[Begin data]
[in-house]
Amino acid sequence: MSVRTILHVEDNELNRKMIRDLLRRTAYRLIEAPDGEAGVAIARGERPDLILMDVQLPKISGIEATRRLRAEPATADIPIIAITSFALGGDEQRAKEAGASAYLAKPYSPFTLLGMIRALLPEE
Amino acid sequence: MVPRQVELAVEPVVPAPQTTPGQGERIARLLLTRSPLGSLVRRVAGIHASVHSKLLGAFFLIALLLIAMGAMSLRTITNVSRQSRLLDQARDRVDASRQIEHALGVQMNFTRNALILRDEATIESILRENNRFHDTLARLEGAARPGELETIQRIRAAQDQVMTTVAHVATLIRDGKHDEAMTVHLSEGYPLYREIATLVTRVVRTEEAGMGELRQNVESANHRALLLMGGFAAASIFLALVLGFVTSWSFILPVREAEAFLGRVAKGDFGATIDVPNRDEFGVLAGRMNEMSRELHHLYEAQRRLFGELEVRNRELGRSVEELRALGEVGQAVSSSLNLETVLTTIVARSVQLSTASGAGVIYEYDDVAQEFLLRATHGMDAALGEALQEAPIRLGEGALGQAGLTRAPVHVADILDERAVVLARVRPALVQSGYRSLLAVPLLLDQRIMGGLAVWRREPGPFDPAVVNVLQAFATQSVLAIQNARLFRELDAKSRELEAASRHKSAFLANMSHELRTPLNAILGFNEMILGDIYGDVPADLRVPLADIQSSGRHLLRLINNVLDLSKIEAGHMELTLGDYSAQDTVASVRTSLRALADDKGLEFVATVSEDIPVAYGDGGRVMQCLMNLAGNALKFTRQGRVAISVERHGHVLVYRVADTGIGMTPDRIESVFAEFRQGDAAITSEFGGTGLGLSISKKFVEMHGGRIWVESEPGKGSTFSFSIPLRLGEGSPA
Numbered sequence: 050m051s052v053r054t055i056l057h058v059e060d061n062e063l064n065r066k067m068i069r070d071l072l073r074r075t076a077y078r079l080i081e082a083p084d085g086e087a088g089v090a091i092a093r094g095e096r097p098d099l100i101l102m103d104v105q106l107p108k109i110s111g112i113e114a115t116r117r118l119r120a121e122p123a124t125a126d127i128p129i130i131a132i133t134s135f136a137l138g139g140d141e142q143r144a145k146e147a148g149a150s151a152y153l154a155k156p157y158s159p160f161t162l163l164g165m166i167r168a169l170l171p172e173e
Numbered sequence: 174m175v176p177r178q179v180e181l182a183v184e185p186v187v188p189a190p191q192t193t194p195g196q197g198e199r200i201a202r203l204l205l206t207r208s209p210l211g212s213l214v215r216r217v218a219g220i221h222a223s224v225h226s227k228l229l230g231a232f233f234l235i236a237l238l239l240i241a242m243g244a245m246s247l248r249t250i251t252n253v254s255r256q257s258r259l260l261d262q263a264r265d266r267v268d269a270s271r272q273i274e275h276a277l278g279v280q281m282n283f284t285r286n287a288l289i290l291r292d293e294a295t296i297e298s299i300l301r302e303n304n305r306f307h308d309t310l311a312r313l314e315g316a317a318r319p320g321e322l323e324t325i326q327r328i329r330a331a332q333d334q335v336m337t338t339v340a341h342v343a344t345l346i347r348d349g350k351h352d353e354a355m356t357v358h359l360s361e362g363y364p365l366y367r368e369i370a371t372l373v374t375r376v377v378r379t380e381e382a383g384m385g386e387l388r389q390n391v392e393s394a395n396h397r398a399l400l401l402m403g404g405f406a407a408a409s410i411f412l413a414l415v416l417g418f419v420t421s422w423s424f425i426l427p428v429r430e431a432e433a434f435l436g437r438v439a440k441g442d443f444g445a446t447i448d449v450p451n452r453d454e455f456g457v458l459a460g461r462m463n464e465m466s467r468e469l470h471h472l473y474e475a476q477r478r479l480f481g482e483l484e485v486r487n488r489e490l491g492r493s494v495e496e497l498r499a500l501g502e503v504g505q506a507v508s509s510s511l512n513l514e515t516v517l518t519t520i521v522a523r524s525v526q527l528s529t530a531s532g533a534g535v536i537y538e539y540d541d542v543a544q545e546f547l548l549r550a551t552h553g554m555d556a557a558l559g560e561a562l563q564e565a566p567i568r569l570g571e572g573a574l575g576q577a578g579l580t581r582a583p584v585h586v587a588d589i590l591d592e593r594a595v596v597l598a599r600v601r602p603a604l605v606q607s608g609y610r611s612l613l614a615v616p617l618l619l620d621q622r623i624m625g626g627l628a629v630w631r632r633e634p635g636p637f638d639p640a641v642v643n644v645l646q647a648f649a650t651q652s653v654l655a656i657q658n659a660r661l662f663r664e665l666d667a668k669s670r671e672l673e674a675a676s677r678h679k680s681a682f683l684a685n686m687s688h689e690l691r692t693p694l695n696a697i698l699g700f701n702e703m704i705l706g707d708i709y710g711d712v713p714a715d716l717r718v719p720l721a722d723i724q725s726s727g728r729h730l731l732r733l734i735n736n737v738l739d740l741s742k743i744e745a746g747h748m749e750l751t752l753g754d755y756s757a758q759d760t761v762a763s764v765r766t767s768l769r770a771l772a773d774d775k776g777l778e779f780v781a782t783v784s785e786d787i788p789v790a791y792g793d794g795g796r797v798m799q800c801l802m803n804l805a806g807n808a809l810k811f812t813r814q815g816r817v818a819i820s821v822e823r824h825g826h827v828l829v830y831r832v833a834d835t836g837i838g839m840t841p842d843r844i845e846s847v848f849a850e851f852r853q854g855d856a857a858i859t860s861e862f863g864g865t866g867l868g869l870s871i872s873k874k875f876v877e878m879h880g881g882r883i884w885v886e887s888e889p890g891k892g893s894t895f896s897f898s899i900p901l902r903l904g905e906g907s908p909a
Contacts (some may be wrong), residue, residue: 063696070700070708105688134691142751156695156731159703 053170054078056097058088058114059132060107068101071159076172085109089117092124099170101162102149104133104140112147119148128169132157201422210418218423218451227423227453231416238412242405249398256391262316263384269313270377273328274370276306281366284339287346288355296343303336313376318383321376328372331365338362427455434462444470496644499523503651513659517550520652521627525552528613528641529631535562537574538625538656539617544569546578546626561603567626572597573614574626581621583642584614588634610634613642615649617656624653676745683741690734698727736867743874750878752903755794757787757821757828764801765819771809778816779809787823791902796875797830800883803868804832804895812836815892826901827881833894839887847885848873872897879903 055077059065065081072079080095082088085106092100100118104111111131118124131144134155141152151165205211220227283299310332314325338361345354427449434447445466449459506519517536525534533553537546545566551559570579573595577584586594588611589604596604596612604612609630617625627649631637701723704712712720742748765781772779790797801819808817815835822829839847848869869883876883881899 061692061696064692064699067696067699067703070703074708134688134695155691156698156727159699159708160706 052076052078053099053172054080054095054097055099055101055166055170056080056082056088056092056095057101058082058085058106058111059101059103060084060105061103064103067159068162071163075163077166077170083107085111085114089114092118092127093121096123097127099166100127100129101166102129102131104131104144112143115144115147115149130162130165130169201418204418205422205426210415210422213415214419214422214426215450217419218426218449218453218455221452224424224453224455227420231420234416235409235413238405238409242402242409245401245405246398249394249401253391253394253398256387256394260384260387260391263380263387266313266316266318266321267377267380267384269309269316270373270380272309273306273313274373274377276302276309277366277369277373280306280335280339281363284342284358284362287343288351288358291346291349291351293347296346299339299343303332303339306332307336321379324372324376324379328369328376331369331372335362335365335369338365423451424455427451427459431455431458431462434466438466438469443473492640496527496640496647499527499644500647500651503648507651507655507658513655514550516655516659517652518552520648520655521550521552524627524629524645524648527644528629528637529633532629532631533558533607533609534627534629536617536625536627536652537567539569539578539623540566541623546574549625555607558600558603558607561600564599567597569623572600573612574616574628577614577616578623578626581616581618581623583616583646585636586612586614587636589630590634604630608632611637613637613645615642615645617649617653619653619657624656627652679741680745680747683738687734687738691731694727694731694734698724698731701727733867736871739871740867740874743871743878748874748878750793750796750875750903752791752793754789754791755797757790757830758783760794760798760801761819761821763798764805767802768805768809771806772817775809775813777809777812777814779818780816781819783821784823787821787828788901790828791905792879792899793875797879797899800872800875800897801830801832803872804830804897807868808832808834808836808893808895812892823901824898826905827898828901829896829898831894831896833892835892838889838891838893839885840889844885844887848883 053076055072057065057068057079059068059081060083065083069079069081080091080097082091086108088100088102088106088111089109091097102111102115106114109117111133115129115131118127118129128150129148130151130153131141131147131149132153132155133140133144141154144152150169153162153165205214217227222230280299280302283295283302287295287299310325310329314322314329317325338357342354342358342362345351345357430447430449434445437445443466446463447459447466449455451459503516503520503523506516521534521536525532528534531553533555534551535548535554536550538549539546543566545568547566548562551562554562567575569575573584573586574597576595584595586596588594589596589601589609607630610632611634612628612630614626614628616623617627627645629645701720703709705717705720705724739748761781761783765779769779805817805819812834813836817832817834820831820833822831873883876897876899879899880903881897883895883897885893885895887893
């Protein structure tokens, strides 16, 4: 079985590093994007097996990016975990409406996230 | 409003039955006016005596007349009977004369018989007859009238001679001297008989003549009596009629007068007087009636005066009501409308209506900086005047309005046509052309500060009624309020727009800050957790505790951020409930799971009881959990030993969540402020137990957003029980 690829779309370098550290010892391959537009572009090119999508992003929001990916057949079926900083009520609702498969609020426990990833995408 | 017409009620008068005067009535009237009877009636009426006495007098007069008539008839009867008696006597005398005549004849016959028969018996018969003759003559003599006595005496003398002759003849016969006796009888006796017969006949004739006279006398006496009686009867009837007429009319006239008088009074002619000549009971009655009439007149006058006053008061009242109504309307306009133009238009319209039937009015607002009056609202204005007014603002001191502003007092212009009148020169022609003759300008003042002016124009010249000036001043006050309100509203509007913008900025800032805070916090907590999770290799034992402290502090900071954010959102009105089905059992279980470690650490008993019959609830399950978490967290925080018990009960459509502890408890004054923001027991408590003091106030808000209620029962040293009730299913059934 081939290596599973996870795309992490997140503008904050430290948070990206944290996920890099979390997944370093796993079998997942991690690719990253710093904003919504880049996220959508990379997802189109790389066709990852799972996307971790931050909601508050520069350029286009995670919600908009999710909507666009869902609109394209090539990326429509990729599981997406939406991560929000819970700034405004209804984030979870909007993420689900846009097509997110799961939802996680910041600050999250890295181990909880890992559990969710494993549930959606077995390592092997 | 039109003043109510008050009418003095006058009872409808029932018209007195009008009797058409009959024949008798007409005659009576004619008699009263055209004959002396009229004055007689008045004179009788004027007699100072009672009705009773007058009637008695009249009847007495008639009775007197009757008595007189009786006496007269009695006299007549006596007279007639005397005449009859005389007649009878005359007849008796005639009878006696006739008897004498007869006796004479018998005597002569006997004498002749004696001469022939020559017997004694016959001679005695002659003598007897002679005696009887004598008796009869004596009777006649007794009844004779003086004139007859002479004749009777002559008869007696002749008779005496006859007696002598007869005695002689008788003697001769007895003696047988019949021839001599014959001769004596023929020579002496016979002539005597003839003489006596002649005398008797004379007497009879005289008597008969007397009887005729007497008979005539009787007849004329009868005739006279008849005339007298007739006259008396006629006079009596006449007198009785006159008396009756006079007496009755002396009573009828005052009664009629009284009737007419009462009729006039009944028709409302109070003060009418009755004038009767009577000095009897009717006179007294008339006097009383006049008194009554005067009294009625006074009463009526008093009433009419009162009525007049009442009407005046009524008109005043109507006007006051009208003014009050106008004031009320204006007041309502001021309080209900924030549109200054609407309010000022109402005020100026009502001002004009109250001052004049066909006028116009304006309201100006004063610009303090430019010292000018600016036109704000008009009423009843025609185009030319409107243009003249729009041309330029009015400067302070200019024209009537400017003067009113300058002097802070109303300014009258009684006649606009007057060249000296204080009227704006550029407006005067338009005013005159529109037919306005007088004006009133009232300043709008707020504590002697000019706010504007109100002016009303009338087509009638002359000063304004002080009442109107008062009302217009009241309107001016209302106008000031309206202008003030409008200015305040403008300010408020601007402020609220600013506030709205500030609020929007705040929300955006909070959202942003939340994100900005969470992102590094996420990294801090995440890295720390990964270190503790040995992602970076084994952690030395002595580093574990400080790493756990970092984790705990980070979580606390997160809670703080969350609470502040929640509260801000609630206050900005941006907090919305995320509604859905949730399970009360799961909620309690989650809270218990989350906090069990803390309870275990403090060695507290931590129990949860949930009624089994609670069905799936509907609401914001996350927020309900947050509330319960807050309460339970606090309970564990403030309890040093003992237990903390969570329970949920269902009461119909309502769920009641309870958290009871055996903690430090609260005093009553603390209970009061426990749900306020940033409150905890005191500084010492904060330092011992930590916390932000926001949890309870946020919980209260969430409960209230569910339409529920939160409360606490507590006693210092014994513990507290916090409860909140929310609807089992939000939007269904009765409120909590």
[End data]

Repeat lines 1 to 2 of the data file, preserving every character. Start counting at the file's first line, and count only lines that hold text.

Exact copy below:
[in-house]
Amino acid sequence: MSVRTILHVEDNELNRKMIRDLLRRTAYRLIEAPDGEAGVAIARGERPDLILMDVQLPKISGIEATRRLRAEPATADIPIIAITSFALGGDEQRAKEAGASAYLAKPYSPFTLLGMIRALLPEE